Two weeks after graduating from high school, Jackson joined the Marines. “I told my dad I was joining because I was sick of taking orders,” he says with a wry grin. There was as much getting-ahead as gung-ho in Jackson’s enlistment. “I was a computer and electronics geek as a teenager,” he says. “When I talked to the recruiter, he told me the Marine Corps had just started a computer science school in Quantico, Virginia. Fortunately, I scored high enough on the entrance exam to go to that school.” It was a smart move. When he finished service, a prominent bank in Richmond snapped him up to work in its Information Technology division, initially assigning him the lowly chore of re-setting passwords. “I was way overqualified,” he says, “so I got promoted fast. I was a senior vice president by my early 30s.”
It was while in the Marines that he first started paying serious attention to country music. “My mother listened only to gospel,” he says. “My dad was into jazz, hip hop, R&B, new jack swing—stuff like that. But Armed Forces Radio played everything. When I was living in Spain—when I was 10 to 13—Randy Travis came over there on a USO tour. Some friends and I were out there early when they were setting up the stage, and we actually got to talk to him before we realized he was the guy who’d be performing later. He was really cool to us. In the Marine Corps, when my friends and I played music for each other, we were all homesick. So when you’d listen to these country songs that talked about family and home and heartbreak, it would really grab you.”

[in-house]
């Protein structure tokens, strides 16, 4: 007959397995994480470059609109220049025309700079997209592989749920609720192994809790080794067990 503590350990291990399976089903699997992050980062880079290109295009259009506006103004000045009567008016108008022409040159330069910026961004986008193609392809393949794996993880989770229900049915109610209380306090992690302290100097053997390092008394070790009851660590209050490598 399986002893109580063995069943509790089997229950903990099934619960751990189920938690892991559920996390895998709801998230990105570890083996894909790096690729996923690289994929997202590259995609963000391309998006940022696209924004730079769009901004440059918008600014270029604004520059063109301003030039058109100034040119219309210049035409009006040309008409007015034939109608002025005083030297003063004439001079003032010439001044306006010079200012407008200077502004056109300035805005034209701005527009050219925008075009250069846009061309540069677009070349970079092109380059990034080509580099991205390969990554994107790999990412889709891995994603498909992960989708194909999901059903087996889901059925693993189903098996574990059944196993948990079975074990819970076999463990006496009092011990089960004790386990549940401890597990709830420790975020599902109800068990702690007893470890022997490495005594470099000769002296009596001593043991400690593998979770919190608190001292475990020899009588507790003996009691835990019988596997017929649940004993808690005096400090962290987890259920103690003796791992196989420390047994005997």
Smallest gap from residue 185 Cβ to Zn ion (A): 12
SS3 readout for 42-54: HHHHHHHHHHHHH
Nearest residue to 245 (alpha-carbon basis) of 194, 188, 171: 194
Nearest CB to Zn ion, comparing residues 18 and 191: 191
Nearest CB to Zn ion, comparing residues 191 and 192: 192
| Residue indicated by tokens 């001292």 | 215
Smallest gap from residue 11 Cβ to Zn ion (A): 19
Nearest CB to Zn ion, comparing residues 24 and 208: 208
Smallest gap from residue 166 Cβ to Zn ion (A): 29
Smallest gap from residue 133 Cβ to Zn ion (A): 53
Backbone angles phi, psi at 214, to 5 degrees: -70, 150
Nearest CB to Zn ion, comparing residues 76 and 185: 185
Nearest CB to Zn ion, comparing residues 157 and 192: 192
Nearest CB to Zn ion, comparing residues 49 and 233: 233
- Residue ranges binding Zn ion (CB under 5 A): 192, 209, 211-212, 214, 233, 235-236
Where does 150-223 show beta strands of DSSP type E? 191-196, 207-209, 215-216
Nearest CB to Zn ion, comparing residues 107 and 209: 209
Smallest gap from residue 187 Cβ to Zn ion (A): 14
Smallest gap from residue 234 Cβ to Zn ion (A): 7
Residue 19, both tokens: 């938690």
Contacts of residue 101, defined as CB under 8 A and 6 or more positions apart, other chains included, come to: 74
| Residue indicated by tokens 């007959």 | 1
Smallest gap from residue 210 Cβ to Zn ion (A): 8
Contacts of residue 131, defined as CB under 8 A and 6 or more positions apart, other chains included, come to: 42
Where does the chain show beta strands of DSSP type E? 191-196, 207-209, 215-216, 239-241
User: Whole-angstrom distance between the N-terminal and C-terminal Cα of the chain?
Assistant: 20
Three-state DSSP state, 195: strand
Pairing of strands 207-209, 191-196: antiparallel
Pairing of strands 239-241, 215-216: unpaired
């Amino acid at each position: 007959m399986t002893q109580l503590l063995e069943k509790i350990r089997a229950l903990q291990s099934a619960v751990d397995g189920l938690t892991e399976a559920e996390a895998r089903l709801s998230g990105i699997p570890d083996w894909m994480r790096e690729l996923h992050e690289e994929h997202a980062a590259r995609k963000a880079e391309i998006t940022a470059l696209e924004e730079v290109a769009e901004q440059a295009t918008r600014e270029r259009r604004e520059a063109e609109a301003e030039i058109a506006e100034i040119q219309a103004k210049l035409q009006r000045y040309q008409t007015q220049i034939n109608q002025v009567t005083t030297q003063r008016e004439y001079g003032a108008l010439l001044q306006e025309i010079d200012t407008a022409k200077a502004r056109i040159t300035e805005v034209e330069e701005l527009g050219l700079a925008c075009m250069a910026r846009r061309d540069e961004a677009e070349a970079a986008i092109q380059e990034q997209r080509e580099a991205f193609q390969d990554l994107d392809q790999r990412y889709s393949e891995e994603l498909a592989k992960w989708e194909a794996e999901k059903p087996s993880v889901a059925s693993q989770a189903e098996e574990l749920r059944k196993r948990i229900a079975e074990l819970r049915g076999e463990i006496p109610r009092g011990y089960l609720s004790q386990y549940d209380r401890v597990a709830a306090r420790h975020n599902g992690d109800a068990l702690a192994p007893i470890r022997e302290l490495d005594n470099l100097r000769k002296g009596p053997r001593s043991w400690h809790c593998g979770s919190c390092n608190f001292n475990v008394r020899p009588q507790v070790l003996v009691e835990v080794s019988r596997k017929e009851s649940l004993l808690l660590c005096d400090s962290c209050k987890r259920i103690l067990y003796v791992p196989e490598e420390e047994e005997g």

A song that particularly appealed to Jackson was George Jones’ heartbreaking 1974 hit, “The Grand Tour.” When Jones died, Jackson and some friends went into a Richmond studio and recorded it. In the process, they also made a performance video that eventually wound up on YouTube. By sheer accident, singer Donna Dean Stevens saw the video and instantly decided Jackson should do “The Grand Tour” on the Old Dominion Barn Dance, which she had just resurrected. After she witnessed Jackson’s standing ovation—an honor that hadn’t yet been accorded to any of the show’s headliners—she offered to co-manage and co-produce him with noted talent manager Jim Della Croce. A commanding performer in her own right, Dean Stevens recorded for Mercury Records in Nashville as Donna Meade. She is also the widow of Country Music Hall of Fame member Jimmy Dean and a zealous guardian of his vast musical legacy.
Dean Stevens and Della Croce then whisked Jackson to Nashville, where he recorded most of Tony Jackson at the hallowed RCA Records Studios. In one of his best-loved songs, George Jones considered the dwindling ranks of country superstars and asked plaintively “Who's Gonna Fill Their Shoes.”
Tony Jackson volunteering for duty.